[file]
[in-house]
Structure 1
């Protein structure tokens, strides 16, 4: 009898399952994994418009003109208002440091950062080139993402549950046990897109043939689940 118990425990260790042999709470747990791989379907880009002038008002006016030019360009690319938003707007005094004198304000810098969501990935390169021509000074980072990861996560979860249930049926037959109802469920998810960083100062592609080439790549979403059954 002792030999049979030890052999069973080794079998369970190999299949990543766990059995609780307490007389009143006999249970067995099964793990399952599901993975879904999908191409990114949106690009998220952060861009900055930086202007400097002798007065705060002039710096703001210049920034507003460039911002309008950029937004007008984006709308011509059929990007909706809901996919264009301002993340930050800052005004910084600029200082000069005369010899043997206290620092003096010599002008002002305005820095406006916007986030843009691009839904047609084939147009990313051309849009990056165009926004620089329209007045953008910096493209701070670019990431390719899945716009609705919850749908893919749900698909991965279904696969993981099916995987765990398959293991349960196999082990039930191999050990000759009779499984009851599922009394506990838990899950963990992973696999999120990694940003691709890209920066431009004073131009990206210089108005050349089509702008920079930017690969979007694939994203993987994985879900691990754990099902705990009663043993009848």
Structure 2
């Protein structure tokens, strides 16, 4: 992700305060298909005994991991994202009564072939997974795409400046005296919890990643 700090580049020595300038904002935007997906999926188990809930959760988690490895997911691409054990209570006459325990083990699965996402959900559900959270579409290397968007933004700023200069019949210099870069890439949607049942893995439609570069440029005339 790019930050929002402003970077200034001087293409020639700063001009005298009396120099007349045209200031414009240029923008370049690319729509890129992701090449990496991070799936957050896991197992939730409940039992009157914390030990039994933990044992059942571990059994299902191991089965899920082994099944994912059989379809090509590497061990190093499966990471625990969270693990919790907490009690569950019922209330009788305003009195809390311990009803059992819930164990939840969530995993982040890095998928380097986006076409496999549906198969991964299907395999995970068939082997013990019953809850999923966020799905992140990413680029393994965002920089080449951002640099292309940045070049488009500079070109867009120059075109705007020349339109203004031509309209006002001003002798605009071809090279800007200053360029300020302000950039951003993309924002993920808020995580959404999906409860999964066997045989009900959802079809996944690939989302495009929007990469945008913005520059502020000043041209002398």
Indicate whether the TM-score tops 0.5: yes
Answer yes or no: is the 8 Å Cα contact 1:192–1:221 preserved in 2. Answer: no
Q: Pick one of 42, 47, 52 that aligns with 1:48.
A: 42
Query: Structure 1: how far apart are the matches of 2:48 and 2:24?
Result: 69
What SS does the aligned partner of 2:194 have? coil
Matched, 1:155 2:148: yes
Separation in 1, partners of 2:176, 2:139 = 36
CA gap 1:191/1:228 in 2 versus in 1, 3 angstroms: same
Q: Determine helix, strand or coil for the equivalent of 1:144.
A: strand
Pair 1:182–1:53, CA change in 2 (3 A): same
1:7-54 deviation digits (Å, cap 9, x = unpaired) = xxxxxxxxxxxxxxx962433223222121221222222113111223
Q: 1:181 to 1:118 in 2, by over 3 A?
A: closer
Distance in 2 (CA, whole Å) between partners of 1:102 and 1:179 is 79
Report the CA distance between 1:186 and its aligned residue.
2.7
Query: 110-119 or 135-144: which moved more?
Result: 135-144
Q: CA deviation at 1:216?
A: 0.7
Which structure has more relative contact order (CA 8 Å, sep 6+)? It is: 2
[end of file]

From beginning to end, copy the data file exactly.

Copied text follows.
[in-house]
Structure 1
């Protein structure tokens, strides 16, 4: 009898399952994994418009003109208002440091950062080139993402549950046990897109043939689940 118990425990260790042999709470747990791989379907880009002038008002006016030019360009690319938003707007005094004198304000810098969501990935390169021509000074980072990861996560979860249930049926037959109802469920998810960083100062592609080439790549979403059954 002792030999049979030890052999069973080794079998369970190999299949990543766990059995609780307490007389009143006999249970067995099964793990399952599901993975879904999908191409990114949106690009998220952060861009900055930086202007400097002798007065705060002039710096703001210049920034507003460039911002309008950029937004007008984006709308011509059929990007909706809901996919264009301002993340930050800052005004910084600029200082000069005369010899043997206290620092003096010599002008002002305005820095406006916007986030843009691009839904047609084939147009990313051309849009990056165009926004620089329209007045953008910096493209701070670019990431390719899945716009609705919850749908893919749900698909991965279904696969993981099916995987765990398959293991349960196999082990039930191999050990000759009779499984009851599922009394506990838990899950963990992973696999999120990694940003691709890209920066431009004073131009990206210089108005050349089509702008920079930017690969979007694939994203993987994985879900691990754990099902705990009663043993009848």
Structure 2
């Protein structure tokens, strides 16, 4: 992700305060298909005994991991994202009564072939997974795409400046005296919890990643 700090580049020595300038904002935007997906999926188990809930959760988690490895997911691409054990209570006459325990083990699965996402959900559900959270579409290397968007933004700023200069019949210099870069890439949607049942893995439609570069440029005339 790019930050929002402003970077200034001087293409020639700063001009005298009396120099007349045209200031414009240029923008370049690319729509890129992701090449990496991070799936957050896991197992939730409940039992009157914390030990039994933990044992059942571990059994299902191991089965899920082994099944994912059989379809090509590497061990190093499966990471625990969270693990919790907490009690569950019922209330009788305003009195809390311990009803059992819930164990939840969530995993982040890095998928380097986006076409496999549906198969991964299907395999995970068939082997013990019953809850999923966020799905992140990413680029393994965002920089080449951002640099292309940045070049488009500079070109867009120059075109705007020349339109203004031509309209006002001003002798605009071809090279800007200053360029300020302000950039951003993309924002993920808020995580959404999906409860999964066997045989009900959802079809996944690939989302495009929007990469945008913005520059502020000043041209002398």
Indicate whether the TM-score tops 0.5: yes
Answer yes or no: is the 8 Å Cα contact 1:192–1:221 preserved in 2. Answer: no
Q: Pick one of 42, 47, 52 that aligns with 1:48.
A: 42
Query: Structure 1: how far apart are the matches of 2:48 and 2:24?
Result: 69
What SS does the aligned partner of 2:194 have? coil
Matched, 1:155 2:148: yes
Separation in 1, partners of 2:176, 2:139 = 36
CA gap 1:191/1:228 in 2 versus in 1, 3 angstroms: same
Q: Determine helix, strand or coil for the equivalent of 1:144.
A: strand
Pair 1:182–1:53, CA change in 2 (3 A): same
1:7-54 deviation digits (Å, cap 9, x = unpaired) = xxxxxxxxxxxxxxx962433223222121221222222113111223
Q: 1:181 to 1:118 in 2, by over 3 A?
A: closer
Distance in 2 (CA, whole Å) between partners of 1:102 and 1:179 is 79
Report the CA distance between 1:186 and its aligned residue.
2.7
Query: 110-119 or 135-144: which moved more?
Result: 135-144
Q: CA deviation at 1:216?
A: 0.7
Which structure has more relative contact order (CA 8 Å, sep 6+)? It is: 2